“FICC broadly met our expectations, and again that arose from being able to prioritise according to our capabilities and customers’ needs,” said John Moore, TD Securities’ Head of U.S. & International Fixed Income. “That means that outside Canada we were not in areas like distressed or high yield debt, but rather focused on investment grade issuance, flow derivatives and currencies.”

One reason for the bank’s outperformance was its ability to anticipate post-crisis trends. One such was the growth of the supranational, sub-sovereign and agency (SSA) sector, which has expanded from approximately US$200bln in 2007 to an expected US$650bln this year. TD Securities is ranked in the top 5 global bookrunners for SSA in US dollars and among the top 10 for all SSA issuance.

Another area of FICC that performed well since the beginning of 2015 has been FX, where a return to volatility in the first half of last year led to renewed investor appetite for hedging and speculation.

“We benefitted last year from increased currency volatility, as investors looked to generate alpha, often through overlay strategies on underlying portfolios,” said Michael Twaits, TD Securities’ Head of Foreign Exchange and Metals. “That was a boost to the business, which we have been looking to grow alongside our primary market activities.”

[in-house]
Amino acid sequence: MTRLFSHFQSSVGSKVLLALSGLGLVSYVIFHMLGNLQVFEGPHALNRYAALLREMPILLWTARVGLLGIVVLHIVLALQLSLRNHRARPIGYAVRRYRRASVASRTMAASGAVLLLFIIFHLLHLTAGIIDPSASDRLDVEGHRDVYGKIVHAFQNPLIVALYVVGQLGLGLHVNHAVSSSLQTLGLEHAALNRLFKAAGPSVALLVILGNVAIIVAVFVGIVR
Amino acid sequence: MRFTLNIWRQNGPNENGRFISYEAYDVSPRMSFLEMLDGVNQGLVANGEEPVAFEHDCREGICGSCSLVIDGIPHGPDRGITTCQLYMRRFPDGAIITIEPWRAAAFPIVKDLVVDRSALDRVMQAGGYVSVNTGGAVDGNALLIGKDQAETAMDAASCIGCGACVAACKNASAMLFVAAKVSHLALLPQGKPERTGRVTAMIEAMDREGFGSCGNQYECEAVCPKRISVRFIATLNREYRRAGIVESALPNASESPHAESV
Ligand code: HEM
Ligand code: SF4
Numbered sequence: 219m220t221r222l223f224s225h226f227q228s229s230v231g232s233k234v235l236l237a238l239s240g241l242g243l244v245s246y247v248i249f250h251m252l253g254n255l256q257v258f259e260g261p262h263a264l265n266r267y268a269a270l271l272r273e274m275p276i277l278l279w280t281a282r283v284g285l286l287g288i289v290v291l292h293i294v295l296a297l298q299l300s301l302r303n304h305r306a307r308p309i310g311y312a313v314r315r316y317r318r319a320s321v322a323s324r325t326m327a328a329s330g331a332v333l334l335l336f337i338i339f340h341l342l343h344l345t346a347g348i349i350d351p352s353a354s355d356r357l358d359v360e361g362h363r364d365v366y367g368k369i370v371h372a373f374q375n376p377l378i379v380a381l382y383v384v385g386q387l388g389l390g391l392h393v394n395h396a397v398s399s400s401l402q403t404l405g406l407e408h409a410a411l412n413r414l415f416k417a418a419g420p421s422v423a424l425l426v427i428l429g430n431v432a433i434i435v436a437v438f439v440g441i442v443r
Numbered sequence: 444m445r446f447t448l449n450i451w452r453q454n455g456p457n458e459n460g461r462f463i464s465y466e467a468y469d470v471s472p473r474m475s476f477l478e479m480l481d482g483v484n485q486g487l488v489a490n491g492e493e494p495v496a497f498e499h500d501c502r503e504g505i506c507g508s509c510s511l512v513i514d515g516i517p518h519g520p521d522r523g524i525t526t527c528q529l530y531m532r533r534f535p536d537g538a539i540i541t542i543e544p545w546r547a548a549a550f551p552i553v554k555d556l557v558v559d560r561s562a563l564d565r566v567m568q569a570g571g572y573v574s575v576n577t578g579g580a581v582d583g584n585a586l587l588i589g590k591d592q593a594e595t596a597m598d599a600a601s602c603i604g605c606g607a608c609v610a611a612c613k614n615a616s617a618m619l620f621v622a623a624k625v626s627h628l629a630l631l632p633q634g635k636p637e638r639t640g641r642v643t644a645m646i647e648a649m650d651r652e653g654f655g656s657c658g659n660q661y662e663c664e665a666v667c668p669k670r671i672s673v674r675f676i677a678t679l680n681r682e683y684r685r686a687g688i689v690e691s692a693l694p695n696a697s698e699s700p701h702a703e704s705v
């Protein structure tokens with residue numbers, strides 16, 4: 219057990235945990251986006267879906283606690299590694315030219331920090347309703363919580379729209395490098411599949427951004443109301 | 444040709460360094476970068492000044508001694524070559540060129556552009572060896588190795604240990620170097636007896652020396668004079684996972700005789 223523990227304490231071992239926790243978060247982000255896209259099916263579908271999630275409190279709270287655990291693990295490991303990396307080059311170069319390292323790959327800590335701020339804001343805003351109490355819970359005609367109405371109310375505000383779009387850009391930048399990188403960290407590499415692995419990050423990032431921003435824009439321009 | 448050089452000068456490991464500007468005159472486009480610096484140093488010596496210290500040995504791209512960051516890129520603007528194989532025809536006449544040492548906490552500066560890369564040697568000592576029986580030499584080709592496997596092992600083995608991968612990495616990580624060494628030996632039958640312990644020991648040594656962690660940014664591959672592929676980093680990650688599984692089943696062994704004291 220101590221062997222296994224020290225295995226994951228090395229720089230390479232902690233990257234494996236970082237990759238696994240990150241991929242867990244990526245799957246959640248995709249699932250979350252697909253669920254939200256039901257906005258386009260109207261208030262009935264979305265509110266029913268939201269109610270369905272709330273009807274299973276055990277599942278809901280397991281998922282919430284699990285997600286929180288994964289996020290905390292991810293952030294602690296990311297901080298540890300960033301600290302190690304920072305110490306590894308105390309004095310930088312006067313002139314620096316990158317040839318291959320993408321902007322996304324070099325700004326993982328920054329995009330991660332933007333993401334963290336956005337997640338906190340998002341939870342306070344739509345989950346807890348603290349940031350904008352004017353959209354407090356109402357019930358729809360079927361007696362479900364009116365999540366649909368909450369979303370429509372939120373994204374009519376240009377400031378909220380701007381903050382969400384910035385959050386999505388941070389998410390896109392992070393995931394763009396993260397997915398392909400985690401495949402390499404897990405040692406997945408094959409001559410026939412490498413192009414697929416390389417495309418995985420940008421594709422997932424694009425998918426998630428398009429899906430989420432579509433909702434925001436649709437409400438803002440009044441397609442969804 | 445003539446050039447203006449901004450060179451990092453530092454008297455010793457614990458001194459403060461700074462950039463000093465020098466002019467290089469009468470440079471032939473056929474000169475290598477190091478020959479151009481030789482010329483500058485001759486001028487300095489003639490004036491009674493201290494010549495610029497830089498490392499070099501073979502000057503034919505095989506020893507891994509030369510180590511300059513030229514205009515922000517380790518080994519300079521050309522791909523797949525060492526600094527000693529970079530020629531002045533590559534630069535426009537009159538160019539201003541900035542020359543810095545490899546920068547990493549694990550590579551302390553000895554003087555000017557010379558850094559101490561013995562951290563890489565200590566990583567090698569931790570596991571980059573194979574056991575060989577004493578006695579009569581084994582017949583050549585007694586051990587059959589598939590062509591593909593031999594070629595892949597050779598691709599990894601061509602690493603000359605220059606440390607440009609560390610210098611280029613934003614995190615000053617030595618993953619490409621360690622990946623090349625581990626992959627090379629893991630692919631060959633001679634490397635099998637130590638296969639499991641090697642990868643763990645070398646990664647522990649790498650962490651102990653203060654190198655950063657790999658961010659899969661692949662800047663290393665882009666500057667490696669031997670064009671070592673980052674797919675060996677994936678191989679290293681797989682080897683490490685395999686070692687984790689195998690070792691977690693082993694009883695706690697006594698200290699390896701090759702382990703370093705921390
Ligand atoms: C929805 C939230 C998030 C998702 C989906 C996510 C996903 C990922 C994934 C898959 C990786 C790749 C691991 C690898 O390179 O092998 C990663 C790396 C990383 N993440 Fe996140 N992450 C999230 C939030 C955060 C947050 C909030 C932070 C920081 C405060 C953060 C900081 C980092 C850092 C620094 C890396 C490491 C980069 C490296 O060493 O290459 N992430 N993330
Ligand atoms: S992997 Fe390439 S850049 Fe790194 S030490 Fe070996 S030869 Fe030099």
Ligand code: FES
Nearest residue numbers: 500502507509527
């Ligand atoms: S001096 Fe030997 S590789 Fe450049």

Demand for FX products from spot transactions to options, swaps and forwards rose sharply, with clients reassured by TD’s solid Aa1 (Moody’s) / AA- (S&P) credit rating, stable balance sheet and product capabilities.

Cream of the crop

As banks have found it increasingly tough to hire the best graduates, amid intense competition from starts up and technology companies, TD has made efforts to ensure that it continues to attract the cream of the crop.

“In trading and sales we are fortunate to have some of the best minds in the business,” Jungreis said. “We have also been helped by the fact that TD has grown through the crisis, enabling us to offer a very positive career opportunity.”

One product area that has been broadly decimated in the recent period is commodities, with slowing Chinese growth and excess energy production leading to sharp price moves and challenges for producers and downstream operators.

TD entered the commodities space in 2009 and has managed the business through the downturn. However, it does not see the recent volatility as a reason to step away, and is a market making member of the London Bullion Market Association and contributor to groups setting gold and silver benchmarks.

“It’s a relatively embryonic business for us that complements our activities in investment banking and equity capital markets,” said Twaits.  “We have two aspects of the strategy, which is to provide hedging solutions to the industry and flow products to investment managers, and we are committed for the long term, even as other banks pull out.”

As the industry gets set for the next stage of regulatory change and restructuring, TD has shown it is ready to build on its recent outperformance, based on a global client proposition, outstanding service and a sustainable business model that works.